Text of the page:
Caesar Must Die
Cesare deve morire
Set in a real Italian prison, this compelling Berlin prize-winning docu-drama depicts inmates preparing to give a public performance of Shakespeare’s Julius Caesar.
Even if a screening is sold out, tickets are often available 30 minutes before the start of the film at the box office at each venue.
- Director-Screenwriter Paolo Taviani, Vittorio Taviani
- Producer Grazia Volpi
- With Cosimo Rega, Salvatore Striano, Giovanni Arcuri
- Italy 2012
- 76 mins
- UK distribution New Wave Films
A group of long term prisoners, incarcerated in a maximum security prison on the outskirts of Rome, are successively cast and rehearsed and then give a public performance of Shakespeare’s Julius Caesar. A vital, edgy film from renowned filmmaking duo the Taviani brothers, this is a sort of film-within-a-film, of a play; brilliantly blending documentary and drama by using a real prison and genuine inmates. The grim lives and compelling personalities of the leading characters give a surprising and distinctive slant to Shakespeare’s play and make for riveting cinema. Already highly acclaimed, Caesar Must Die won the top prize of the Golden Bear at this year’s Berlin Film Festival.
A dear friend recounted to us a theatre experience she had had a few nights earlier. She cried, she said, and it had not happened in years. We went to that theatre inside a prison. Rome’s Rebibbia, the High Security Section. After passing a number of gates and blockades, we reached a stage where twenty or so inmates, some of them serving life sentences, were reciting Dante’s Divine Comedy. They had chosen a few cantos of Hell and were now reliving the pain and torments of Paolo and Francesca, of Count Ugolino, of Ulysses – all in the hell of their own prison... They each spoke in their own dialects, occasionally addressing parallels between the poetic story evoked by the cantos and their own lives. We remembered the words and tears of our friend. We felt the need to discover through a film how the beauty of their performances was born from those prison cells, from those outcasts who live so far from culture. We suggested Shakespeare’s Julius Caesar to Fabio Cavalli, the stage director working with the inmates. We staged it with the collaboration of the inmates, filming in their cells, in the prison yard, the fathoms of the High Security Section and eventually on stage. We tried to contrast the darkness of their life as convicts with the poetic force of the emotions Shakespeare evokes – friendship and betrayal, murder and the torment of difficult choices, the price of power and truth. Reaching deep into a work like this means also looking at yourself, especially when one must leave the stage and return to the confinement of a cell.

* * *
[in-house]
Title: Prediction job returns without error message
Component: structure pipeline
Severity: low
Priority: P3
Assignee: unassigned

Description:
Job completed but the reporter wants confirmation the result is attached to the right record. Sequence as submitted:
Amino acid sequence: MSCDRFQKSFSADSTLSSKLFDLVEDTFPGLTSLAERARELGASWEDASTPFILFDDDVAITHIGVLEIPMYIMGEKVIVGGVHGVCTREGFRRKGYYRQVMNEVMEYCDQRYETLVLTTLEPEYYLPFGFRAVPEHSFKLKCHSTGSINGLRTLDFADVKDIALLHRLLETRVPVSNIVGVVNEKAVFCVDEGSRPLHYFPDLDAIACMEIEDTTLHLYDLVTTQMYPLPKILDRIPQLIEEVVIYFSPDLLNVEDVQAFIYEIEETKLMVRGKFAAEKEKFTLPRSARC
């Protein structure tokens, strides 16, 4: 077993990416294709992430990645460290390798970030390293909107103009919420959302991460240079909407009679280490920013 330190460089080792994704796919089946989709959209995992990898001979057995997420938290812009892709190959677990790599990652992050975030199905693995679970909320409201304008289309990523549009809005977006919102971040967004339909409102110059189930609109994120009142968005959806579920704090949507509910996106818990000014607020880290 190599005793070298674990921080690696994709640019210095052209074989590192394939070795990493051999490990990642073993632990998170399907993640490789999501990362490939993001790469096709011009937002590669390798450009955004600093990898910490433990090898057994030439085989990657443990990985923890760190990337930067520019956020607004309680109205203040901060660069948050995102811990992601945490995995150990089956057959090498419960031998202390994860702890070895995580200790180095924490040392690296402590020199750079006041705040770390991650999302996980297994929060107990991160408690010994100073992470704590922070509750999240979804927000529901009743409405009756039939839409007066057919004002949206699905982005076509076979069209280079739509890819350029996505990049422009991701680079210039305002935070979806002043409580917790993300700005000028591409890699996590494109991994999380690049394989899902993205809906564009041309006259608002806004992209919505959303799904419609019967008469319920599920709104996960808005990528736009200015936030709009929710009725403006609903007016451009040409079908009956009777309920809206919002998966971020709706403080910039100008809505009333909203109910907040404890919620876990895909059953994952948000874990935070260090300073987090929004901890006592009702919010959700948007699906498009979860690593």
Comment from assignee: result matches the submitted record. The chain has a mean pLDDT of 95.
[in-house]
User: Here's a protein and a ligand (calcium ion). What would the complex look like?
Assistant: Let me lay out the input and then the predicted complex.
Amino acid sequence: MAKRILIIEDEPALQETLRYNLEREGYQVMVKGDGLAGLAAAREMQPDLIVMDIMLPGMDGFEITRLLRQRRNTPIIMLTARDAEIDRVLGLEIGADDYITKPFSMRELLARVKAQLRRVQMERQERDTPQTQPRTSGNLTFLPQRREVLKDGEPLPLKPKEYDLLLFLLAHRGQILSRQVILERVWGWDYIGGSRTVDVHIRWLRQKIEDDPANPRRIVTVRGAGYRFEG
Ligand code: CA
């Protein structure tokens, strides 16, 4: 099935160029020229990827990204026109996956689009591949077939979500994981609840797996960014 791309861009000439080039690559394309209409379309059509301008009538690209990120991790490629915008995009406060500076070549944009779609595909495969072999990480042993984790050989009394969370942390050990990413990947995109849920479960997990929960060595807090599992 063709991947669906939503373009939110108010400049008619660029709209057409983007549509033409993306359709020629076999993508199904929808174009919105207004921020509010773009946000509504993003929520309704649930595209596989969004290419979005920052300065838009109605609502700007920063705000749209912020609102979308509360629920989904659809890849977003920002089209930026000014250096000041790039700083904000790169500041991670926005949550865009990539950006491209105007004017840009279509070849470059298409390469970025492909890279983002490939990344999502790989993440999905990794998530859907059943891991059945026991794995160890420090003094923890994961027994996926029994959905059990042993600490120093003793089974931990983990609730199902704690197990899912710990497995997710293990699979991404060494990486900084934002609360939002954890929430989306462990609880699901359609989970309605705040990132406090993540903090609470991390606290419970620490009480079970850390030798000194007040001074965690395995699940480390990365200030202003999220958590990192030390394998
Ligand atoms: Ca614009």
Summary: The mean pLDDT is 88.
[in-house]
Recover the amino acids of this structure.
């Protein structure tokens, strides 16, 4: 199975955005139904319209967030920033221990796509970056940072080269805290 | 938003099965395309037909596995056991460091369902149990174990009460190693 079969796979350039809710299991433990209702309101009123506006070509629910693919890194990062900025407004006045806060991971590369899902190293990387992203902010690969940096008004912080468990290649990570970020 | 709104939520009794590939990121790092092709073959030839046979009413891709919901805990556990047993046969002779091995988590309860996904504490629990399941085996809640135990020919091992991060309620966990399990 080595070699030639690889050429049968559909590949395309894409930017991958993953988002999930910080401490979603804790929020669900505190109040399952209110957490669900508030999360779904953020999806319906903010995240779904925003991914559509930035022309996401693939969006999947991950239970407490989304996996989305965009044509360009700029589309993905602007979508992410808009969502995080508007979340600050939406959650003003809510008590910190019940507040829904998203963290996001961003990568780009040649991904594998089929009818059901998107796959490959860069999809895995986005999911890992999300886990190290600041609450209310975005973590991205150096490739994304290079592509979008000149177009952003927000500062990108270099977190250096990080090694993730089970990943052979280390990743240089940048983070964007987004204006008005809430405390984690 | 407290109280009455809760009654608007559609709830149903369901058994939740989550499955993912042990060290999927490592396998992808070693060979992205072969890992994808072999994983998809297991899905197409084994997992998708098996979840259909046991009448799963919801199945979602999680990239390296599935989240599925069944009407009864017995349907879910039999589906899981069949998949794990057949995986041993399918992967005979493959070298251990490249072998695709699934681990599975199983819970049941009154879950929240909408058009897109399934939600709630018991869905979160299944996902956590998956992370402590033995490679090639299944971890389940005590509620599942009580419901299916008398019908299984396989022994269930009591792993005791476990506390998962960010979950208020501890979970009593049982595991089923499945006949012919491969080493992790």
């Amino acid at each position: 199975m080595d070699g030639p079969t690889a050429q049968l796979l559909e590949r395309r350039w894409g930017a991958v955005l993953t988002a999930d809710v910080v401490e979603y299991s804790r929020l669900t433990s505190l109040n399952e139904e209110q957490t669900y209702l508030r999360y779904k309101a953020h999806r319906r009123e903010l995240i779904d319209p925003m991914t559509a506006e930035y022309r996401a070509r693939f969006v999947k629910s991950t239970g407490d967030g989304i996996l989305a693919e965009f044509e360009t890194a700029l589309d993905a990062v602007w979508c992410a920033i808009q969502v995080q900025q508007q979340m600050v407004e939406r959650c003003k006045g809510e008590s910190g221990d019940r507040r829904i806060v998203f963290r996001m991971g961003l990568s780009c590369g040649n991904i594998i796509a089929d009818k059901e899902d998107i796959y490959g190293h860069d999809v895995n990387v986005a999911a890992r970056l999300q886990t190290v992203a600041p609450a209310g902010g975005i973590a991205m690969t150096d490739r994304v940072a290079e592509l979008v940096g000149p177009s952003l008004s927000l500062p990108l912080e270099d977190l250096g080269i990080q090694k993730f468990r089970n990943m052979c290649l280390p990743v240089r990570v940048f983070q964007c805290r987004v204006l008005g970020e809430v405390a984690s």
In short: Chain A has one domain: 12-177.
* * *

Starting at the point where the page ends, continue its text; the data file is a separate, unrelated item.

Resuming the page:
Paolo and Vittorio Taviani
Vittorio Taviani and his brother Paolo were born in San Miniato, Tuscany in 1929 and 1931 respectively. Vittorio studied law in Pisa and his brother art. Their interest in film began in 1954 when they made their first joint short film about their village entitled San Miniato, Iuglio ‘44. Since then they have continued to work together as writers and directors. They won the Palme d’Or at Cannes for Padre Padrone in 1977, followed by the Jury Prize for The Night of the Shooting Stars in 1982. They were awarded the Golden Lion for their career in cinema at the Venice Film Festival in 1986. Their latest film, Caesar Must Die, is a subtle blend of documentary and fiction that was awarded the Golden Bear at the 2012 Berlin Film Festival.
1954 San Miniato, Iuglio ‘44 [s]
1959 L’Italia non è un paese povero [doc; co-d]
1962 Un uomo da bruciare (A Man for Burning) [co-d]
1963 I fuorilegge del matrimonio (Outlaws of Love) [co-d]
1967 I sovversivi (The Subversives)
1968 Sotto il segno della scorpione (Under the Sign of Scorpio)
1971 San Michele aveva un gallo (St Michael Had a Rooster)
1977 Padre Padrone
1979 Il prato (The Meadow)
1982 La notte di San Lorenzo (The Night of San Lorenzo / The Night of the Shooting Stars)
1987 Good Morning Babilonia (Good Morning, Babylon)
1990 Il sole anche di notte (The Sun Also Shines at Night)
1996 Le affinità elettive (Elective Affinities)
1998 Tu ridi (Two Kidnappings)
2001 Resurrezione (Resurrection) [TV]
2002 La primavera del 2002: l’Italia protesta, l’Italia si ferma [doc; co-d]
2004 Luisa Sanfelice [TV]
2007 La masseria delle allodole (The Lark Farm)
2012 Cesare deve morire (Caesar Must Die)
Read the Time Out review.